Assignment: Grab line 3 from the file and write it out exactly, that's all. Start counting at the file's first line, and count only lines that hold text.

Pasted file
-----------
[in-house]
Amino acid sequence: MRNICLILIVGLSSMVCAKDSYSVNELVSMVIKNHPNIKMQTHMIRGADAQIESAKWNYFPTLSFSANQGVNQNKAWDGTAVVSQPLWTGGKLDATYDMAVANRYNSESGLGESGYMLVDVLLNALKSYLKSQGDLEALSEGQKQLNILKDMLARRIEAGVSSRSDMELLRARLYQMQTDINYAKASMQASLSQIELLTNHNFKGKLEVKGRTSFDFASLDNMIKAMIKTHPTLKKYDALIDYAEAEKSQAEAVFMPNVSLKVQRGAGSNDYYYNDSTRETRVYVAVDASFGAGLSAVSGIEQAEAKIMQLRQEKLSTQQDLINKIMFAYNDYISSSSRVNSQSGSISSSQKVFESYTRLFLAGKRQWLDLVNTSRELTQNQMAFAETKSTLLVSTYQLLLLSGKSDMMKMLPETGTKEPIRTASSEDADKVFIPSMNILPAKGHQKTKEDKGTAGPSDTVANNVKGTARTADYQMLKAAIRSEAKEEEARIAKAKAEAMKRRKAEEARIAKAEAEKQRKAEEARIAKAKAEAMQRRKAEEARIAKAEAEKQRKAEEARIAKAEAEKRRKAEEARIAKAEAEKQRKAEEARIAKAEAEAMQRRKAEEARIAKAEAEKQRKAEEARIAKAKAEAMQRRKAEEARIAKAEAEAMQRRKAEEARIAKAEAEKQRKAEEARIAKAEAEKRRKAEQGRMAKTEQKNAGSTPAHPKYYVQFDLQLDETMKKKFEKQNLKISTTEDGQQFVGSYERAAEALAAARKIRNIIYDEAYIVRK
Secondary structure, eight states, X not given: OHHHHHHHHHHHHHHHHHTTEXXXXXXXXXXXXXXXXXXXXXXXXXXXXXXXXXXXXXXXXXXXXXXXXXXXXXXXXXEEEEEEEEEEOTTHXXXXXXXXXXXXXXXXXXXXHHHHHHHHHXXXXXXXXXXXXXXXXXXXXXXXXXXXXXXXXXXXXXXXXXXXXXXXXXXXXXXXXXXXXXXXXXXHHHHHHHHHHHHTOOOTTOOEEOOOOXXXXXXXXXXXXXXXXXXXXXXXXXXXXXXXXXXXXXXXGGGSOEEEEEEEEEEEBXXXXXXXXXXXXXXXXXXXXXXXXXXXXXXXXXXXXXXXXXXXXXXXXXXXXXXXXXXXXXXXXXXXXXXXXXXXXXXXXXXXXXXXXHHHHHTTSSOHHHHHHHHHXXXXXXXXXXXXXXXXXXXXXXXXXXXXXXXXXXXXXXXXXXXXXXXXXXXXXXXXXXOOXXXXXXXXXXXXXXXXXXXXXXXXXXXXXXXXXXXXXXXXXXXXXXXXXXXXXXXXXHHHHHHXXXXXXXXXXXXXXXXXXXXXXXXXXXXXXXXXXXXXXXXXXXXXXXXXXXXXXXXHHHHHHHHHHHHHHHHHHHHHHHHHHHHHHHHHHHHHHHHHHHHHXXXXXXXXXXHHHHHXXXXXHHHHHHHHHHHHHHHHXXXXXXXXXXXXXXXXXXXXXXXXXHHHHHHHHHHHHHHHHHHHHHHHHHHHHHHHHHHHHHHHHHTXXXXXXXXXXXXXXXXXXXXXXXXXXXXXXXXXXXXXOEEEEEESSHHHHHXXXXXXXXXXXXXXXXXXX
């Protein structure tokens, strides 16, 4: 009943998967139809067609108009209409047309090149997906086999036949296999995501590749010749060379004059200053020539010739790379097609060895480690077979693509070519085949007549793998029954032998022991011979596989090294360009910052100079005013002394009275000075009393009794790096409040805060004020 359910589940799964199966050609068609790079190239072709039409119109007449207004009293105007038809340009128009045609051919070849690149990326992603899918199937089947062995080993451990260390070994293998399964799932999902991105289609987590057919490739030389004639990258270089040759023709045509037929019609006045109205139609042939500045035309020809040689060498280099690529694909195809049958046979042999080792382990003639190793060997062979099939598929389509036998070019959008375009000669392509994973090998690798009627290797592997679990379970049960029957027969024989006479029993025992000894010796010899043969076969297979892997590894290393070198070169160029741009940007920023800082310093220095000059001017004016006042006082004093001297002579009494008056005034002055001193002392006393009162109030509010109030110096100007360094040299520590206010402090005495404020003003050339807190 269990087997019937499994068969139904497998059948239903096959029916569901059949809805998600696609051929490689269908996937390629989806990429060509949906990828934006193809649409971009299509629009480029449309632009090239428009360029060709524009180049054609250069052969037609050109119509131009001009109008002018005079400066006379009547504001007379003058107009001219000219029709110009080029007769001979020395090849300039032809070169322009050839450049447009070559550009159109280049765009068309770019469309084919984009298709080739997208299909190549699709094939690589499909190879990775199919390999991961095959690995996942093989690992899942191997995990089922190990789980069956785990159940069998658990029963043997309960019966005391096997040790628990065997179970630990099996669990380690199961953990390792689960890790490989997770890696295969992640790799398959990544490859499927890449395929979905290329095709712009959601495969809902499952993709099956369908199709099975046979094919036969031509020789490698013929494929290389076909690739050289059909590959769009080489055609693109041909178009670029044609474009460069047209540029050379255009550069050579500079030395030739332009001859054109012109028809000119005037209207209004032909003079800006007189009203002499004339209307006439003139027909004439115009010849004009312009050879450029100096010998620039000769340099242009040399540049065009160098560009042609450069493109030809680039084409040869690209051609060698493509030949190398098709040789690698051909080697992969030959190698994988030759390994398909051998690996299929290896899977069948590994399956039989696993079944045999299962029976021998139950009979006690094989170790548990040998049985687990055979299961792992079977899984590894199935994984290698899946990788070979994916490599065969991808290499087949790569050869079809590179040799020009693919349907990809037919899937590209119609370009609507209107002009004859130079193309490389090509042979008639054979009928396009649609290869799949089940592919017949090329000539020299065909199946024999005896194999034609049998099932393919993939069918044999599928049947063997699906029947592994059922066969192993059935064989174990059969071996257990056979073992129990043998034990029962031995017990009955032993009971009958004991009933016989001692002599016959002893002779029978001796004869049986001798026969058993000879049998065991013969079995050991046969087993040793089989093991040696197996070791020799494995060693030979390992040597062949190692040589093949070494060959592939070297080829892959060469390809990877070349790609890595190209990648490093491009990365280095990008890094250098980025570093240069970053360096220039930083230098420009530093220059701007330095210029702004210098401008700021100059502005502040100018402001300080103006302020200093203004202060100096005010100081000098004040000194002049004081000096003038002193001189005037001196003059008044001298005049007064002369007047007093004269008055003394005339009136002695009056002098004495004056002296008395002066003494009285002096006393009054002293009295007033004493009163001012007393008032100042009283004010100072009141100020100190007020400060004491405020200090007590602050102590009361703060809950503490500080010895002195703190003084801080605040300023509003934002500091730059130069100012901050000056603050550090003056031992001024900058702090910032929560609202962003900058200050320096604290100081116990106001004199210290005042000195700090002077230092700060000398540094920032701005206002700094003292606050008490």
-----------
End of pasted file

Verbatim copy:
Secondary structure, eight states, X not given: OHHHHHHHHHHHHHHHHHTTEXXXXXXXXXXXXXXXXXXXXXXXXXXXXXXXXXXXXXXXXXXXXXXXXXXXXXXXXXEEEEEEEEEEOTTHXXXXXXXXXXXXXXXXXXXXHHHHHHHHHXXXXXXXXXXXXXXXXXXXXXXXXXXXXXXXXXXXXXXXXXXXXXXXXXXXXXXXXXXXXXXXXXXHHHHHHHHHHHHTOOOTTOOEEOOOOXXXXXXXXXXXXXXXXXXXXXXXXXXXXXXXXXXXXXXXGGGSOEEEEEEEEEEEBXXXXXXXXXXXXXXXXXXXXXXXXXXXXXXXXXXXXXXXXXXXXXXXXXXXXXXXXXXXXXXXXXXXXXXXXXXXXXXXXXXXXXXXXHHHHHTTSSOHHHHHHHHHXXXXXXXXXXXXXXXXXXXXXXXXXXXXXXXXXXXXXXXXXXXXXXXXXXXXXXXXXXOOXXXXXXXXXXXXXXXXXXXXXXXXXXXXXXXXXXXXXXXXXXXXXXXXXXXXXXXXXHHHHHHXXXXXXXXXXXXXXXXXXXXXXXXXXXXXXXXXXXXXXXXXXXXXXXXXXXXXXXXHHHHHHHHHHHHHHHHHHHHHHHHHHHHHHHHHHHHHHHHHHHHHXXXXXXXXXXHHHHHXXXXXHHHHHHHHHHHHHHHHXXXXXXXXXXXXXXXXXXXXXXXXXHHHHHHHHHHHHHHHHHHHHHHHHHHHHHHHHHHHHHHHHHTXXXXXXXXXXXXXXXXXXXXXXXXXXXXXXXXXXXXXOEEEEEESSHHHHHXXXXXXXXXXXXXXXXXXX